The negative impressions and differences between the Americans and the Middle Eastern people were first accelerated and exaggerated after the September 11, 2001 attacks on the Twin Towers in New York and the Pentagon in Washington D.C. This marked a time when the Americans paused to think about Arabs and other people from the Middle East, and what they wanted from the United States (U.S). The attacks led the American people to think negatively about Arabs and other people from the Middle East and this marked the beginning of great discrimination of the Middle Eastern people. This is not only seen in the streets when they pass by, and they get strange and curious stares from people walking in the streets, schools, and even in offices. As a matter of fact, it is not only people of Arab origin that face discrimination, but almost all Muslims in the U.S. face some kind of discrimination from non-Muslim Americans. This paper will discuss the different forms of discrimination that Arabs, Muslims or people from the Middle East face in the U.S. and how this discrimination affects their lives.
Muslims and Arabs or other people from different ethnic groups in the Middle East are entitled to the same constitutional rights and protection as the rest of the population in the U.S., however, their situation is far from what it should be. Currently, there is an ongoing struggle to end the violence and other acts of conflicts that threaten the freedoms of the Middle Eastern people in the U.S. The discrimination that Middle Eastern people face range from harassment, isolation, bad publicity by the media, to denial of their rights in schools and even at their workplaces. This discrimination, stereotyping and harassment of the Middle Eastern people saw the rise of hate crimes targeting Muslims by a stunning 1600% in just two years, from 2000 to 2001 (Brazeal 5) Another source recorded an increase of hate against Middle Eastern people from a record 354 attacks in to 1501 attacks in 2001 (Daraiseh 2). These attacks were driven by a lack of understanding between Middle Eastern people and the Americans. It did not matter whether the Middle Eastern people were guilty, religious, and political, or bent on committing crimes. There was a general misunderstanding among the public, and this led to an awkward aura of hatred.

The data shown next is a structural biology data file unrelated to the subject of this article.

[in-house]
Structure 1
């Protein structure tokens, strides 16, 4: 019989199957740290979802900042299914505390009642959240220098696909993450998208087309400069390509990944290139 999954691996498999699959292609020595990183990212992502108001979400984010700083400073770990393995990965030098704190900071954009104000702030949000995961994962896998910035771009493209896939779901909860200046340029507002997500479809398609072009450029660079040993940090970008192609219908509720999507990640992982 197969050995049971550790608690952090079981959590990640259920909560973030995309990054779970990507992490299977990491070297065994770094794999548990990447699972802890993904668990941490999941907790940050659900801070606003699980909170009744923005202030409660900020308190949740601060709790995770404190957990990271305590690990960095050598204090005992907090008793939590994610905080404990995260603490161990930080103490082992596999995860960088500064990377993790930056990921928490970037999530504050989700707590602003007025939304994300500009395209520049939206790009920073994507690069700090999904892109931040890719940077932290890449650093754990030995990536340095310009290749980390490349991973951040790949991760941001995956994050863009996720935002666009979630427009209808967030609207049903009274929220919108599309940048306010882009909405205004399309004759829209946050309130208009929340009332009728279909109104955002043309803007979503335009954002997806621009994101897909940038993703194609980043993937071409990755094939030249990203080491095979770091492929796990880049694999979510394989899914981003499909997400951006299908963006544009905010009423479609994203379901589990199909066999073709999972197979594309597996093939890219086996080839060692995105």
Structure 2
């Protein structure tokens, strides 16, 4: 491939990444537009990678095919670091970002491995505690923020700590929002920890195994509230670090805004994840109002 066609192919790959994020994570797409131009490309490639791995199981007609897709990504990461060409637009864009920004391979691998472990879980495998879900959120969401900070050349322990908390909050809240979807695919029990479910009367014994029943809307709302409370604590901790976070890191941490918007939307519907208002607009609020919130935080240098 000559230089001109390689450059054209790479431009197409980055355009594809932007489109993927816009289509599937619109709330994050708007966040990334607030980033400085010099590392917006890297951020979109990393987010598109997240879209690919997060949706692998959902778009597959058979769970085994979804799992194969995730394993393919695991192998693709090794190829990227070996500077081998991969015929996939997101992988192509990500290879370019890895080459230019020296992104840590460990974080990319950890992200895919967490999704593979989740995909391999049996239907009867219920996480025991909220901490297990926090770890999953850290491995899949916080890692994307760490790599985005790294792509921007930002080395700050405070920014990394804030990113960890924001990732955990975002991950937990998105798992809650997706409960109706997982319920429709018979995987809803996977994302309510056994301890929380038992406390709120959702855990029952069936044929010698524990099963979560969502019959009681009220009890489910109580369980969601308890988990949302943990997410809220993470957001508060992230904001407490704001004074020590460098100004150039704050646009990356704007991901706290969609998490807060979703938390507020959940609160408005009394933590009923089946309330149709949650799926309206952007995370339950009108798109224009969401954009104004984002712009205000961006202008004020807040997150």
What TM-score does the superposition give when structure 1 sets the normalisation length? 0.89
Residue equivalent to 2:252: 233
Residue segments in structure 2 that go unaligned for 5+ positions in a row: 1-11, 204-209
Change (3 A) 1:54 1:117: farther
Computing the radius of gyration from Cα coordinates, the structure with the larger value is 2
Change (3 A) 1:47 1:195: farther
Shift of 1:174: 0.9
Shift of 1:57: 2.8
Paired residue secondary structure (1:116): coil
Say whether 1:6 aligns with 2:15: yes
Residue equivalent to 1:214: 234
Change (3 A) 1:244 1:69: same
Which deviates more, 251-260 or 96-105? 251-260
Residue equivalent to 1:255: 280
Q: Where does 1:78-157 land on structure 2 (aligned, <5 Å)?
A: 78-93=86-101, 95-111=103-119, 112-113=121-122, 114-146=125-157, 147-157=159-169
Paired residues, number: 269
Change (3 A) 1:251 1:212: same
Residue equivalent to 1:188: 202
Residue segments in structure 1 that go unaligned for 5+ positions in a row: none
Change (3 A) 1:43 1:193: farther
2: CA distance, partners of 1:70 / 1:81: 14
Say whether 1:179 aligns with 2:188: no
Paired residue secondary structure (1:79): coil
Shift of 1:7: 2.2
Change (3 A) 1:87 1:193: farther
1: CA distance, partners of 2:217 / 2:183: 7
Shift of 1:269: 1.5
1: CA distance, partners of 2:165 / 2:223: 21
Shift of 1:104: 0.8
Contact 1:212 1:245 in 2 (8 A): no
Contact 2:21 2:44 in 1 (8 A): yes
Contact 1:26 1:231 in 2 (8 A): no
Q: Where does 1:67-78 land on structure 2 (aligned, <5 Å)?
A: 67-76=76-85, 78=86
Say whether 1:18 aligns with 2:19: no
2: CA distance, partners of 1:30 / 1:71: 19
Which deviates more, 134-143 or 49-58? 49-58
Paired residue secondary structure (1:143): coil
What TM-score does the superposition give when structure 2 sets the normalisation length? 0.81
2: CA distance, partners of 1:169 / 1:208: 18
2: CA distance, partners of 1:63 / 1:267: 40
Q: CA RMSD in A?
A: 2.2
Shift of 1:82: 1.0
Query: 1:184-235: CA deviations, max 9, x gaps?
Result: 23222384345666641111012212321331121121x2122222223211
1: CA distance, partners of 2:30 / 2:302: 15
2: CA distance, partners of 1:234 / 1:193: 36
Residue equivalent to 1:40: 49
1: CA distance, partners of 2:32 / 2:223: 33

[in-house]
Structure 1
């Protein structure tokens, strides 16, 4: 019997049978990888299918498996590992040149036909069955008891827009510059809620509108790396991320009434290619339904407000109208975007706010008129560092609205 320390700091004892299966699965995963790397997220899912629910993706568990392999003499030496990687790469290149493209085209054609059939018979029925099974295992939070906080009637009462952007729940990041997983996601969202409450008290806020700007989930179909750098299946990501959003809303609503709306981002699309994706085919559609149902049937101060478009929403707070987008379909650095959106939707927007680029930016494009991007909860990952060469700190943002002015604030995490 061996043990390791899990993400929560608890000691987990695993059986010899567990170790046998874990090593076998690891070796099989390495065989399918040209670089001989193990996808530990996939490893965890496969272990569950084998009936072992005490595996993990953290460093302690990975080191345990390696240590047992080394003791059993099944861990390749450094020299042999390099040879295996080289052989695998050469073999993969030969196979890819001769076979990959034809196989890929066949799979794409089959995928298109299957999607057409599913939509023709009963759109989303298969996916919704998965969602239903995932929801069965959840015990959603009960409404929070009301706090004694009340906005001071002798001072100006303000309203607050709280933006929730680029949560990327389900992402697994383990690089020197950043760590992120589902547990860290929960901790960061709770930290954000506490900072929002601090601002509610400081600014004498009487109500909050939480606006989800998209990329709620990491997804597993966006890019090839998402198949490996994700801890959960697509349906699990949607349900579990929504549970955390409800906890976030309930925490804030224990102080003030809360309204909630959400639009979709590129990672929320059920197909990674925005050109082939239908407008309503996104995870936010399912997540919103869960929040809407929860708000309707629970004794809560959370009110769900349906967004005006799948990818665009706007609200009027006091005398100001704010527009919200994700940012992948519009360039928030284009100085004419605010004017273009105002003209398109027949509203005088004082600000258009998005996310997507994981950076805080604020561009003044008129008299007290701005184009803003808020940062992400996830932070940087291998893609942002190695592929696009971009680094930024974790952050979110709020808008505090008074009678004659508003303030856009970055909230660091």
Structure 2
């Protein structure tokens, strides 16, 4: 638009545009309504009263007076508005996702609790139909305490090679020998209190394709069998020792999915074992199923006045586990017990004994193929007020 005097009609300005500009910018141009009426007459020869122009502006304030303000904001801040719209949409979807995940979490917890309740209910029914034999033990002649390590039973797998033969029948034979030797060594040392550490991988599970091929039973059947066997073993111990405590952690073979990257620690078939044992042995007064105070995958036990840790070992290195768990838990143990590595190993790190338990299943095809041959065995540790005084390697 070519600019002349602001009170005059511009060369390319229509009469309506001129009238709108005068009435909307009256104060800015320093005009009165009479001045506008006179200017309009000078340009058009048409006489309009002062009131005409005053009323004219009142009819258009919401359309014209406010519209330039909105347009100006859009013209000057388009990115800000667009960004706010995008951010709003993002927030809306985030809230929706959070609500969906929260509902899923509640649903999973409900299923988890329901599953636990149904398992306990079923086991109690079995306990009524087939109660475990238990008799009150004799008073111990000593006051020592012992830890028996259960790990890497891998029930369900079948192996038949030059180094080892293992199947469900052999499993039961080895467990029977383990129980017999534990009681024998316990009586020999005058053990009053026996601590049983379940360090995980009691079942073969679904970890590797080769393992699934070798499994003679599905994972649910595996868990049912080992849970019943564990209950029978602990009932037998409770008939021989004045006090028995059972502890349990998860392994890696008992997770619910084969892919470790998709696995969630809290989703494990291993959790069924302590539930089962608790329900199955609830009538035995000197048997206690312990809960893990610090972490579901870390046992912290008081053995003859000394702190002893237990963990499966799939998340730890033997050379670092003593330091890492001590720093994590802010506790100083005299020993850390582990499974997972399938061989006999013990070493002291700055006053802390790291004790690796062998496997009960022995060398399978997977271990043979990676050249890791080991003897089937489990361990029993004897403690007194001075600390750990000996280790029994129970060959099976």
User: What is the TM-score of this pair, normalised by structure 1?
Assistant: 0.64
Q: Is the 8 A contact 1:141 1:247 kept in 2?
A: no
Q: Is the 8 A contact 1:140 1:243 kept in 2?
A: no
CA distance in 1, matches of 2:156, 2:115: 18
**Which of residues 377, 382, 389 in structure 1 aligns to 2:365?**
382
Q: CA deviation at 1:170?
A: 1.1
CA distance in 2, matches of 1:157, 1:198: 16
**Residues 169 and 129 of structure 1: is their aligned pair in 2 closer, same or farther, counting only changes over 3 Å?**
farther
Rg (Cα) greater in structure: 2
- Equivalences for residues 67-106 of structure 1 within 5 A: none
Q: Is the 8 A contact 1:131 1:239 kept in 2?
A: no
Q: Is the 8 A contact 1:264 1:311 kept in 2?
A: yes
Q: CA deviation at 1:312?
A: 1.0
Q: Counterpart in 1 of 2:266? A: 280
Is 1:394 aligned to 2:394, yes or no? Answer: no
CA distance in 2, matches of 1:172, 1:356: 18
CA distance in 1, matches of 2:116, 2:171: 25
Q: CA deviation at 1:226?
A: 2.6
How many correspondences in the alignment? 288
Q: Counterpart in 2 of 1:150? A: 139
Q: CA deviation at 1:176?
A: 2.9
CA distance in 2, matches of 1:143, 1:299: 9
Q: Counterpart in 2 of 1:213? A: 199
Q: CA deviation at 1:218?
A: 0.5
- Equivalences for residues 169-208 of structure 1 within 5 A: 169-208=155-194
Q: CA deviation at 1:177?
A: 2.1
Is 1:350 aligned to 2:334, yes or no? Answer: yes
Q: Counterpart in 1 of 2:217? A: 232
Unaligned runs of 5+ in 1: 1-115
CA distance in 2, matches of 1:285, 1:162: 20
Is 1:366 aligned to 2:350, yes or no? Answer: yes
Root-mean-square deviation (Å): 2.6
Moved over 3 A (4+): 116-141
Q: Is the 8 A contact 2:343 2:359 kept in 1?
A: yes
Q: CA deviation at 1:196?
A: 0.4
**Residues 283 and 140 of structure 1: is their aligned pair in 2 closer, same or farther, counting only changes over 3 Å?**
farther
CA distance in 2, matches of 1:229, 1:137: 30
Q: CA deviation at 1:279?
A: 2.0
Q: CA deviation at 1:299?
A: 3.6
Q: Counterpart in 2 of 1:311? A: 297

The underlying belief in the discrimination against Arabs and other people from the Muslim community is the vague idea that all people from the Middle East are terrorists and that they were all responsible for the September, 2001 attacks in the U.S. As a matter of fact, most Middle Eastern people have been characterized as being a threat, disloyal, and foreign. Despite the fact that the Arabs may be of different origins and personalities, the distinctions that exist between them come across as insignificant, in the U.S. The negative stereotypes in the U.S. are attributed to all people from the Middle Eastern part of the world regardless of their countries of origin or personalities. The distinctions between people from the Middle East still do not count when it comes, to singling out Arabs as the main subjects of other wrongful discriminations as experienced since September, 2001.
This discrimination, harassment, and hatred included all people who share the Arab culture or Arabic language even if their origin is not in Arabia. As a matter of fact, what most people did not realize is the fact that most Arabs do not even speak Arabic. Many people from the Middle East come from other countries including Kuwait, Jordan, Libya, Djibouti, Morocco, Comoros Islands, Bahrain, Algeria, and Lebanon, among many other countries. There is a total of approximately 22 countries with people of an Arab descent, and most Arabs in the U.S, come from any of these countries. Most people from these countries still suffer discrimination and hatred from Americans despite their different origins, beliefs, and motifs in the U.S. This is an unfair generalization and mode of treatment because most people with a Middle Eastern origin are innocent with clean intentions, and they are truly nice.
The discrimination they face in the form of harassment is among the most humiliating and offensive acts that people from the Middle East suffer. Harassment involves severe annoyance and overly disturbing or threatening treatment from other people. This may be in the streets, in the neighborhoods, at school or even in the offices. Such harassment involves the unfair treatment of people with a Middle Eastern origin on the basis of prejudice because of their ethnicity. Most of the harassment that these people face goes unnoticed and unattended to, and at times results in dire negative consequences. There are instances where students drop out of school because of the constant hindrances that they face, or because they have a difficult time learning and concentrating on their studies. Such students may also suffer from physical and emotional torture or they may be provoked to take matters into their own hands and yield to the negative treatment they get from their fellow students (Daraiseh 3).